Who doesn’t love a good TED Talk? They’re super informative, they focus on big ideas, and the best ones can completely change the way you think about doing business.
Although there are a plethora of TED Talks specifically focused on consumer behavior and how it has larger ramifications for your ecommerce marketing strategy, we’ve chosen to highlight our top four favorites. Each provides an exhaustive overview of just how crucial it is to get into the minds of your customers and understand how they think. Some even delve into the science behind why the human brain is wired to make certain decisions with regards to buying behavior (don’t worry—it never gets too nerdy).
Without a proper understanding of why consumers make certain decisions, you’re playing a dangerous guessing game that will undoubtedly cost you precious time, money, and frustration.
Thankfully, the particular insights explored in each of these TED Talks will help inform how you think about your ecommerce customers. From there, armed with the confidence you need to make accurate decisions about your customers’ mindsets, you can integrate these ideas into all of your marketing,
1. Barry Schwartz: The Paradox of Choice
In this first TED talk, psychologist Barry Schwartz examines the concept of freedom of choice. It’s a fascinating examination of what happens when having free rein to choose doesn’t necessarily result in increased happiness.
According to Schwartz, when consumers are given too many options to choose from, choice overload kicks in. Because of this, consumers don’t necessarily feel freer or more liberated. Instead, they become paralyzed and anxiety-ridden.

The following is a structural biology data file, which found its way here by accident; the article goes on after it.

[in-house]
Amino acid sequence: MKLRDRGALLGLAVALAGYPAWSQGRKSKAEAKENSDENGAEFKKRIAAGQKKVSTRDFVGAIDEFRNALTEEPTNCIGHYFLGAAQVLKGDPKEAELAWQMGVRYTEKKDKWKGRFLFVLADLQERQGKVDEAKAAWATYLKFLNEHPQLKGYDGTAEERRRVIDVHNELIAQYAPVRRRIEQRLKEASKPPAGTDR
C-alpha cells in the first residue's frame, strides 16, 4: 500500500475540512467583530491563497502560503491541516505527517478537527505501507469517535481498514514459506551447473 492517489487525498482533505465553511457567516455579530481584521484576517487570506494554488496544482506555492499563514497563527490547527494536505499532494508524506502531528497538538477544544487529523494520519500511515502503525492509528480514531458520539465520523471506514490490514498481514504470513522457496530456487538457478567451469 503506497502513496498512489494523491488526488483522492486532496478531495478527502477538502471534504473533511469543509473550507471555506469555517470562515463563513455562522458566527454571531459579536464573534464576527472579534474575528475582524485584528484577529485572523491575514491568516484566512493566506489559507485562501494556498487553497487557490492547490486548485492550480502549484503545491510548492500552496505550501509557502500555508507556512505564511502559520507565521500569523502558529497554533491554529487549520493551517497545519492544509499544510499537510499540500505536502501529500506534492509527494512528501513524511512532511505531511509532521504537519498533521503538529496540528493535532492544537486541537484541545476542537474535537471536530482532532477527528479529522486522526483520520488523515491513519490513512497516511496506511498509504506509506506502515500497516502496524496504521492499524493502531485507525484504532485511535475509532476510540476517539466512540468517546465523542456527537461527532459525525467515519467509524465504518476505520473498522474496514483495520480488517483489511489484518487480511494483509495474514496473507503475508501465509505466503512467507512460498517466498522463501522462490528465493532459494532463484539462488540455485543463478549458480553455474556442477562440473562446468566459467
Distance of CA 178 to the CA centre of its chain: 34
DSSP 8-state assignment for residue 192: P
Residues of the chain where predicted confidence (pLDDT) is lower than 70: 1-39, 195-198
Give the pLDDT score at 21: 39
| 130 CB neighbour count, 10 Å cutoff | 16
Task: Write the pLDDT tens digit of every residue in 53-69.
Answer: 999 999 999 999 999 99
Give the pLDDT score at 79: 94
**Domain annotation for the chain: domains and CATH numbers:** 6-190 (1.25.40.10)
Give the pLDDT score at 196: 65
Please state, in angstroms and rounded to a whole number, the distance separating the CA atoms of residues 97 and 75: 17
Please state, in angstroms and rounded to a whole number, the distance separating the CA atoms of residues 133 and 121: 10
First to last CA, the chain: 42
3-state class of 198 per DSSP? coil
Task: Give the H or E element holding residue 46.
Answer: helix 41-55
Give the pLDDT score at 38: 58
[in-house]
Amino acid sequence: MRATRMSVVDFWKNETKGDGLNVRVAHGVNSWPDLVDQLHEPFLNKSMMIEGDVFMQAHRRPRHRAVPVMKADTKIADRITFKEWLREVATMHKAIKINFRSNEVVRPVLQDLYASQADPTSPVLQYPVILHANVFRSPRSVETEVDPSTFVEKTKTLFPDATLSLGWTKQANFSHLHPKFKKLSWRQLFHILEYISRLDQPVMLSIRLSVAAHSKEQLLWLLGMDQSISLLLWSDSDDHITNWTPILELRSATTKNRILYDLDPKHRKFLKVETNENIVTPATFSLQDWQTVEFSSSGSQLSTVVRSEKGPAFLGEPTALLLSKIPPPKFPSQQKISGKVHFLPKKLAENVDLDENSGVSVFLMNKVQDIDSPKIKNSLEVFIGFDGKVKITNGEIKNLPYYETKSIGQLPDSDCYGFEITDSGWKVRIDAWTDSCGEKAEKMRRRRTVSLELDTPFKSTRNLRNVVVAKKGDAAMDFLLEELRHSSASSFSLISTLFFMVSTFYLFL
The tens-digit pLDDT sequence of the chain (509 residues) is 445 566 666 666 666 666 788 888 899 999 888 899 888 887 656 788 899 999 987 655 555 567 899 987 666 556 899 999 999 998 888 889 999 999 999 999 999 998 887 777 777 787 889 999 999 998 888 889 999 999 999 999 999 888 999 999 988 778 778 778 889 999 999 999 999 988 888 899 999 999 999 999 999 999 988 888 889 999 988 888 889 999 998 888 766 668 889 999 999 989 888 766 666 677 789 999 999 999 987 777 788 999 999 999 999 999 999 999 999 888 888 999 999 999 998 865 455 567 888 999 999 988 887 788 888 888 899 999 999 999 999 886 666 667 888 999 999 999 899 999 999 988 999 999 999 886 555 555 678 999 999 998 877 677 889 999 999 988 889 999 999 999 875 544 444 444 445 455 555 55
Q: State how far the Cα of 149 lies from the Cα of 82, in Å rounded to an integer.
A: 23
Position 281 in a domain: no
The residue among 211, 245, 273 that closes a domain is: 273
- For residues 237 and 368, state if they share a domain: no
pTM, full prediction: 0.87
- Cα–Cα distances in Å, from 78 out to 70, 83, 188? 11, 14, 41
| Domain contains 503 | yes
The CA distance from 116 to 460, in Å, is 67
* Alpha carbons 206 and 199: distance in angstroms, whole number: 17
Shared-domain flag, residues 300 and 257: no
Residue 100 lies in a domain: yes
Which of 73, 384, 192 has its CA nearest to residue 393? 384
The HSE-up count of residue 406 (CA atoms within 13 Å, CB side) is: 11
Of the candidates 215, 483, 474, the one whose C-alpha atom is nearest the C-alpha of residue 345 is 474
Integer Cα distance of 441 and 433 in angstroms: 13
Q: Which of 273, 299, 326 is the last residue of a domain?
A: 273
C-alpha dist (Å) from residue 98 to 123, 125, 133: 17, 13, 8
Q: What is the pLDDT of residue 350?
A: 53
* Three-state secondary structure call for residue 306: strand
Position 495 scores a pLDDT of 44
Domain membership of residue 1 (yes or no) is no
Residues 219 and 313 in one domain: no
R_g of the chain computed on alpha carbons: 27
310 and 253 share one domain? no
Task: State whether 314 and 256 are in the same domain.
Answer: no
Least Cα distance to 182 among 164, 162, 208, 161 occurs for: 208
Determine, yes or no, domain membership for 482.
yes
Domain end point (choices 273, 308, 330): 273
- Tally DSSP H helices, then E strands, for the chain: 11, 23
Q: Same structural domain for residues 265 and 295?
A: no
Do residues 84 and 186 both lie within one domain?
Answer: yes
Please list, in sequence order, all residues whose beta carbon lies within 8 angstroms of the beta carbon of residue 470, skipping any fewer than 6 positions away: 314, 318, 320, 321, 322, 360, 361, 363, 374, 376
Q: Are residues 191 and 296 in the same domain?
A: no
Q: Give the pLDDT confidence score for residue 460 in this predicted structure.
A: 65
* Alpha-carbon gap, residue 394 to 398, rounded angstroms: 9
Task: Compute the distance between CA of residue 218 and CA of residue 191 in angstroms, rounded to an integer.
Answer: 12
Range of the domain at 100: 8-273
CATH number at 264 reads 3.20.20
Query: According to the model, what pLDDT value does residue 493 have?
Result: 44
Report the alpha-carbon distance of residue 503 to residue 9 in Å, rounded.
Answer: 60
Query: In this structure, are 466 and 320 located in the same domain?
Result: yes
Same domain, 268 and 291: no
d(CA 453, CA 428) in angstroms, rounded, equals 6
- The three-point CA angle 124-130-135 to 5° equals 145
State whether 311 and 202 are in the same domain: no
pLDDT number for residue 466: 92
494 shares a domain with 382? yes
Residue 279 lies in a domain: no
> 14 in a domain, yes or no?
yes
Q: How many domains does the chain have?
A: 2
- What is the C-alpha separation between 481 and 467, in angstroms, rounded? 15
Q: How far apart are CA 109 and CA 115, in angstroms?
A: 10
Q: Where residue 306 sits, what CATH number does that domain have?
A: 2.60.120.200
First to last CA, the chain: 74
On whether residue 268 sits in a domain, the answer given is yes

For marketers, this TED Talk serves as a crucial reminder that including a large number of options doesn’t always equal more satisfied customers. In fact, offering fewer choices actually makes the process of choosing a lot easier.
Key takeaway: “With so many options to choose from, people find it very difficult to choose at all. It’s very easy to imagine you could have made a different choice that would have been better. And what happens is this imagined alternative induces you to regret the decision you made, and this regret subtracts from the satisfaction you get out of the decision you made, even if it was a good decision. The more options there are, the easier it is to regret anything at all that is disappointing about the option that you chose.”
2. Dan Ariely: Are We In Control of Our Own Decisions?
Up next, our second recommended TED Talk comes from Dan Ariely, behavioral economist and author of the hugely popular Predictably Irrational. In his talk, Ariely chats in-depth about his research on decision-making—specifically, the idea that people aren’t nearly as rational as they think they are when making decisions.
Through occasionally unorthodox experimentation, Ariely looks into the irrationality that lurks behind many judgments and decisions. It’s a refreshing topic that’s seldom talked about, as Ariely expertly sheds light on the notion regarding why we don’t always behave with perfect logic and reason.